WESTERN Australian Liberal MP Rick Wilson has welcomed a call for a corruption inquiry into events around animal cruelty charges against major live sheep exporter Emanuel Exports.
Live sheep export opponents have called for a corruption inquiry after reports circulated the Western Australian Government is about to drop animal cruelty charges against Emanuel Exports.
The Australian Alliance for Animals called for an immediate inquiry following media revelations that the WA Government intended to drop the cruelty charges just days before a long-awaited trial was due to commence.
Two Emanuel Exports directors were charged with 16 counts of animal cruelty by the WA State Solicitor’s Office in 2019 after an expose of conditions on its vessels to the Middle East, including the disclosure that about 2400 sheep died from heat stress on the Awassi Express.
Last month, Department of Agriculture Fisheries and Forestry first assistant secretary – traceability, plant and live animal exports Andrew McDonald told Senate Estimates that on 27 September DAFF approved Emanuel Exports to export sheep into Saudi Arabia. Emanuel Exports had its licence suspended from late June 2018 to early December 2021, regained the licence after a successful Administrative Appeals Tribunal appeal.
Neither Western Australia’s Department of Primary Industries and Regional Development nor the state’s Agriculture and Food Minister Jackie Jarvis have confirmed that the cruelty charges will be dropped, but a DPIRD statement said a hearing on 14 November has been scheduled to deal with matters related to the trial.
DPIRD said the prosecution of Emanuel Exports P/L (Emanuels) by DPIRD for offences allegedly committed in 2017 pursuant to the Animal Welfare Act 2002 (WA), is currently set for trial in Perth Magistrates Court commencing on the 20 November 2023.
“DPIRD is unable to provide any further comment on matters that are before the courts,” the statement concluded.
Ms Jarvis said the video taken on board the Awassi Express was horrifying and farmers were shocked by the case.
“They would not want their sheep treated like that.
“Importantly, a range of measures have since been implemented to improve animal welfare on live export ships and ensure we don’t see a repeat of those issues,” she said.
“The Department of Primary Industries and Regional Development brought the charges based on legal advice at the time, and I expect they will be following legal advice on the path forward, putting the public interest and the interest of taxpayers first.”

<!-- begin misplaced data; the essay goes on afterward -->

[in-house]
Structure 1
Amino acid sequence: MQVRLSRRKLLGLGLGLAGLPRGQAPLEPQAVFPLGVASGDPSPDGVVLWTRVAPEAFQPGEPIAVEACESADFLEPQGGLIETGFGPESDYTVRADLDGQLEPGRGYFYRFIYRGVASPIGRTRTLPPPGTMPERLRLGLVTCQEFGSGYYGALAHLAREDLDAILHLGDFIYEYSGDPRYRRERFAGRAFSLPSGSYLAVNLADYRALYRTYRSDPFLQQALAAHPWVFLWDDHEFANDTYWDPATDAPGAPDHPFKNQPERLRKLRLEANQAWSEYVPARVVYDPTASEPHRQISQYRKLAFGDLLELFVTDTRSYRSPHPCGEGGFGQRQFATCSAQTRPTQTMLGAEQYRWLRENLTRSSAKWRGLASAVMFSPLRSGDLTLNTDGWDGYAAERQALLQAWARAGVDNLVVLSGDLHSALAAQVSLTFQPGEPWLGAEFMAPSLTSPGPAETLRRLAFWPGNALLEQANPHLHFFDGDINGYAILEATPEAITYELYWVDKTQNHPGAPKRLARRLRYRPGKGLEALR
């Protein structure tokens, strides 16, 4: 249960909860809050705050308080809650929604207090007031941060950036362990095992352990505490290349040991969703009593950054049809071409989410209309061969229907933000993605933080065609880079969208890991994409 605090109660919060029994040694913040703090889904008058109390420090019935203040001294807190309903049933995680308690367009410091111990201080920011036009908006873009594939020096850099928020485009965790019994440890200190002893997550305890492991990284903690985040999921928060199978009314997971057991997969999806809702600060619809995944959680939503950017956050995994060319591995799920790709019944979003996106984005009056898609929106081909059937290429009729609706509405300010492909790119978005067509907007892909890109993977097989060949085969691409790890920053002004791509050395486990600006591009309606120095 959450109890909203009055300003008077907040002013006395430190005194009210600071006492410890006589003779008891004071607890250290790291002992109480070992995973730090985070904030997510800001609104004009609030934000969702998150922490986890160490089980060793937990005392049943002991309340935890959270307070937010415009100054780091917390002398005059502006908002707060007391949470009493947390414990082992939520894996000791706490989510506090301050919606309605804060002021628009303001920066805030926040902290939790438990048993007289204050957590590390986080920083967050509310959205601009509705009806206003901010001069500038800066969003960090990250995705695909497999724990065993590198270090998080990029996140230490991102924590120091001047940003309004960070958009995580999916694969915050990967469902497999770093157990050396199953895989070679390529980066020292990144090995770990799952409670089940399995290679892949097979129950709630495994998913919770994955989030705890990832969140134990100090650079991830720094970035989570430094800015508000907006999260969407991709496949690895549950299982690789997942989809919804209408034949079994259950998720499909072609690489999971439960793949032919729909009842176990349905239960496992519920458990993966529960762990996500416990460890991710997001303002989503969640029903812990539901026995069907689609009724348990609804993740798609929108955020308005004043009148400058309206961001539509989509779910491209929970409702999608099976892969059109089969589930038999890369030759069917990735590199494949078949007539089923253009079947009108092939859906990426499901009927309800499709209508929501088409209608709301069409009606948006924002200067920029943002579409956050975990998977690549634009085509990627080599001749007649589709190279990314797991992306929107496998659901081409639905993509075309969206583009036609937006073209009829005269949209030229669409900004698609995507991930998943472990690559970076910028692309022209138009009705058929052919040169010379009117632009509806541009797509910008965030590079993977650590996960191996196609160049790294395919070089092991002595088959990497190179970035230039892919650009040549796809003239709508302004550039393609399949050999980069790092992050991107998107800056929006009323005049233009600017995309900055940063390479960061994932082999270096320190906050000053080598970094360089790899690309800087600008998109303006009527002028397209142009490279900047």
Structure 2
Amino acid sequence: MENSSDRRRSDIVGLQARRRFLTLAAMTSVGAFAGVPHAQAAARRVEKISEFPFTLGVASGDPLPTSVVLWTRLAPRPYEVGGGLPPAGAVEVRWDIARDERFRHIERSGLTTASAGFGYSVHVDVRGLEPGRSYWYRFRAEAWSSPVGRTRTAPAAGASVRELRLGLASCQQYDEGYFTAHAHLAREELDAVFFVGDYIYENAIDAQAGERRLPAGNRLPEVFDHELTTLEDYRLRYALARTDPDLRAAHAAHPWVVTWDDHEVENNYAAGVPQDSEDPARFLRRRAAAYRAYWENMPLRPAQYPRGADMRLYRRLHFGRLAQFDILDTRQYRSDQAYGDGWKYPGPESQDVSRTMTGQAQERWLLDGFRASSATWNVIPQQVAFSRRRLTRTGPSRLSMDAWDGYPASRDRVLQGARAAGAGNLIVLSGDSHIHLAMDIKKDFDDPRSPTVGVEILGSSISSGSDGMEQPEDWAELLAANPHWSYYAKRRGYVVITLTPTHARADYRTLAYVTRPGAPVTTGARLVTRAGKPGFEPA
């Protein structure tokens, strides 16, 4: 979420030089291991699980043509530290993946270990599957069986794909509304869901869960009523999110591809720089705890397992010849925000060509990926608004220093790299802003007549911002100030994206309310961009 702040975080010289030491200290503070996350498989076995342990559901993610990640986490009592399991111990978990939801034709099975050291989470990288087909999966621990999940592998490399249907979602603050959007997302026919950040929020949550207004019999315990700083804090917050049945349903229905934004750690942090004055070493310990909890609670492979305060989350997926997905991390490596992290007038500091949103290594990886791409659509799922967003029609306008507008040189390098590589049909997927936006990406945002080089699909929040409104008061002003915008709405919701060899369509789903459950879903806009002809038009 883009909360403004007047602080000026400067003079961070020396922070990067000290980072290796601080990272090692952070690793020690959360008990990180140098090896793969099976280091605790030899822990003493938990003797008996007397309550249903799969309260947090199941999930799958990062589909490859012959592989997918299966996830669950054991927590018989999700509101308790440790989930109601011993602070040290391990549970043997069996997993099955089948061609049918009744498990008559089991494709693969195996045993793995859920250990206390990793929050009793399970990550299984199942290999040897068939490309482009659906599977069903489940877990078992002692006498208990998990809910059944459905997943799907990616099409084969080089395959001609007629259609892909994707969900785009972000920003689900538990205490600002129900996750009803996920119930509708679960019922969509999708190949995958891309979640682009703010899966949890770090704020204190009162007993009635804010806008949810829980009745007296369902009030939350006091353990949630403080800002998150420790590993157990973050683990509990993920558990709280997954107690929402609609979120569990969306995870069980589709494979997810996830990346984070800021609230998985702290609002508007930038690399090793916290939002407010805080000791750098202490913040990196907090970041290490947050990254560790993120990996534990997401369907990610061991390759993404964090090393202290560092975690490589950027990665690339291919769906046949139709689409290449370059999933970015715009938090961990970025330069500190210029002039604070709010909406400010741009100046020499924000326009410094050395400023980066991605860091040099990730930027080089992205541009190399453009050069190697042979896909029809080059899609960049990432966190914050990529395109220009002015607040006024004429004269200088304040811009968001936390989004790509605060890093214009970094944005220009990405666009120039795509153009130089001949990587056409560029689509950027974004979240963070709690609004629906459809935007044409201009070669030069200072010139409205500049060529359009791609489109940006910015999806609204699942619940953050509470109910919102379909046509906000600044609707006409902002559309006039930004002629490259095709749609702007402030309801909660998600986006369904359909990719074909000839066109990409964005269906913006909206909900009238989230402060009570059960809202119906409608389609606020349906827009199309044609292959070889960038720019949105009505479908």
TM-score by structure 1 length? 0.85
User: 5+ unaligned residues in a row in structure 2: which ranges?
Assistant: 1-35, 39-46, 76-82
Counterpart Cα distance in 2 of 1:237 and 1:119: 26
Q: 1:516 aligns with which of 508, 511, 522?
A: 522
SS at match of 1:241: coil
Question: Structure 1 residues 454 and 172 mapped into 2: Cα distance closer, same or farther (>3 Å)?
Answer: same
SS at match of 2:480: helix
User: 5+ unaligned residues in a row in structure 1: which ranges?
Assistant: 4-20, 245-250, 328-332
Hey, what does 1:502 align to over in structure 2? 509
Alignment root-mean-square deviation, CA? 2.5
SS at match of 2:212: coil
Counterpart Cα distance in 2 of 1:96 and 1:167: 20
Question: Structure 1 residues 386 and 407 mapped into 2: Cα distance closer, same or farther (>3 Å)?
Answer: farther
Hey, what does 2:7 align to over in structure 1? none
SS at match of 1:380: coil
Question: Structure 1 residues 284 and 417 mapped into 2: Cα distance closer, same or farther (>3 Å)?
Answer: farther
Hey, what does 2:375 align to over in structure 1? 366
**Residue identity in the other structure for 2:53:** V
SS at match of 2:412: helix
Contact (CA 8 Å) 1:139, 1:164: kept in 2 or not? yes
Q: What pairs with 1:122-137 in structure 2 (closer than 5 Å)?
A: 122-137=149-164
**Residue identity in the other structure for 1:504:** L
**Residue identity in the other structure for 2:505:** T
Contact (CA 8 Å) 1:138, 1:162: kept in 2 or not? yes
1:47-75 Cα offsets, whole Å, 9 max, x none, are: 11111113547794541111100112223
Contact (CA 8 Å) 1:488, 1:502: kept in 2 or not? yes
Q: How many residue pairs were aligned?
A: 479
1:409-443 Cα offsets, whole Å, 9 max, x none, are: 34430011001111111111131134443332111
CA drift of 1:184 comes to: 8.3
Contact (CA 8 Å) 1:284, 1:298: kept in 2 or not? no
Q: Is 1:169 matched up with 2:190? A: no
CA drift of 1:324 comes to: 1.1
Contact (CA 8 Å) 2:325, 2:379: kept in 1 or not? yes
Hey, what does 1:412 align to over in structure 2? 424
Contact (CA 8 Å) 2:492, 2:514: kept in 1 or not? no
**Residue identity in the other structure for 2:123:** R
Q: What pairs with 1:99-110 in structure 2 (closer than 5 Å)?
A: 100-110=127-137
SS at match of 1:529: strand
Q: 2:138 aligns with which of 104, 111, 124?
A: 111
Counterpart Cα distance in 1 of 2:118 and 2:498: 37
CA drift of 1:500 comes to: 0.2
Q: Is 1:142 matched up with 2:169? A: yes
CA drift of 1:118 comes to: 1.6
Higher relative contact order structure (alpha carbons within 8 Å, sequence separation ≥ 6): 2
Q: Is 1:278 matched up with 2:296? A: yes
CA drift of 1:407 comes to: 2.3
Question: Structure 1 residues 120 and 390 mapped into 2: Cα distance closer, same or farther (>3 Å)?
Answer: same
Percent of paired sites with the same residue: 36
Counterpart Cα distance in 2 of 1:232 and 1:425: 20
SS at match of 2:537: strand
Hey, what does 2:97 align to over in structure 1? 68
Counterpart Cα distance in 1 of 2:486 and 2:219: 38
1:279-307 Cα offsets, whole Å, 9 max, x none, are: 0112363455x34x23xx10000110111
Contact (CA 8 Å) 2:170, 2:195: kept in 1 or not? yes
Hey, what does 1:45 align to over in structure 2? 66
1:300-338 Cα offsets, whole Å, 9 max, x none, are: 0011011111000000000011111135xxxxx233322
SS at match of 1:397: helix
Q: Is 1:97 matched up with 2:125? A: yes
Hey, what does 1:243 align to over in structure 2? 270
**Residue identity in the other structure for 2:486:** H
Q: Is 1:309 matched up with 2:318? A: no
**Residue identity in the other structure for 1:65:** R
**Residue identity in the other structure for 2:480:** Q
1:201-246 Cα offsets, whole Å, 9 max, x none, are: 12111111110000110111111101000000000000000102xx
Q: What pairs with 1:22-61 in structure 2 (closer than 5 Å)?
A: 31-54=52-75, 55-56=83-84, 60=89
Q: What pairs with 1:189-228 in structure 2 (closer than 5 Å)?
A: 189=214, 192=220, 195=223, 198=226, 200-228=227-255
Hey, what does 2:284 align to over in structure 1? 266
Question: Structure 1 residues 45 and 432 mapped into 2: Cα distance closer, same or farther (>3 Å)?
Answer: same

Alliance calls for corruption inquiry
However, Alliance for Animals policy director Dr Jed Goodfellow said the revelations were shocking and the public deserved answers.
“These were very serious criminal charges regarding a matter of great public interest.
“To inexplicably drop the charges at the eleventh hour on the basis of ‘the public interest and the interests of taxpayers’ raises more questions than it answers,” he said.
“Is the government saying it is too expensive to uphold the law when it comes to animal cruelty?
“This sends entirely the wrong message to the WA community – it’s essentially saying that if a defendant has deep pockets, they’ll get a free pass on alleged breaches of the law.”
“It simply doesn’t add up and that’s why we’re calling for the matter to be referred to the WA Crime and Corruption Commission for immediate inquiry.
“Australians were shocked to their core by the horrific scenes of sheep gasping for air while being trampled and dying in beds of their own faeces while sailing into the stifling heat of the Middle East,” he said.
“The fact that the exporter responsible for such profound suffering will not be held accountable is an affront to justice.
“Despite the withdrawal of the charges, it is a matter of public record that Emanuel Exports voyages resulted in over 2400 sheep perishing from heat stroke,” Dr Adamson said.
Inquiry could undermine phaseout – Wilson
However, Mr Wilson said “bring on a corruption inquiry”, because he said Animals Australia’s payments to a whistleblower were common knowledge and he had documentary evidence.
A Federal investigation in 2019 found no evidence whistleblowers fabricated footage of sheep dying under heat stress on a vessel bound for the Middle East. The Department of Agriculture investigation found the footage was not contrived and no illegal payments were made; however, Mr Wilson said at the time he would be seeking further action.
Mr Wilson said the findings of a corruption inquiry could potentially undermine the justification for the Federal Government’s intended phaseout of live sheep exports by sea.
“Absolutely I do.”
WAFarmers president John Hassell also supported the dropping of the cruelty charges and a corruption inquiry examining payments to live export whistleblowers.
“I think it’s a long bow to say Emanuel should have been charged in the first place, because I don’t believe it was ever Emanuel’s fault, I think it was driven by the animal activists.
“The general community has high acceptance of the live trade and I think it’s foolish of the government top ignore that.”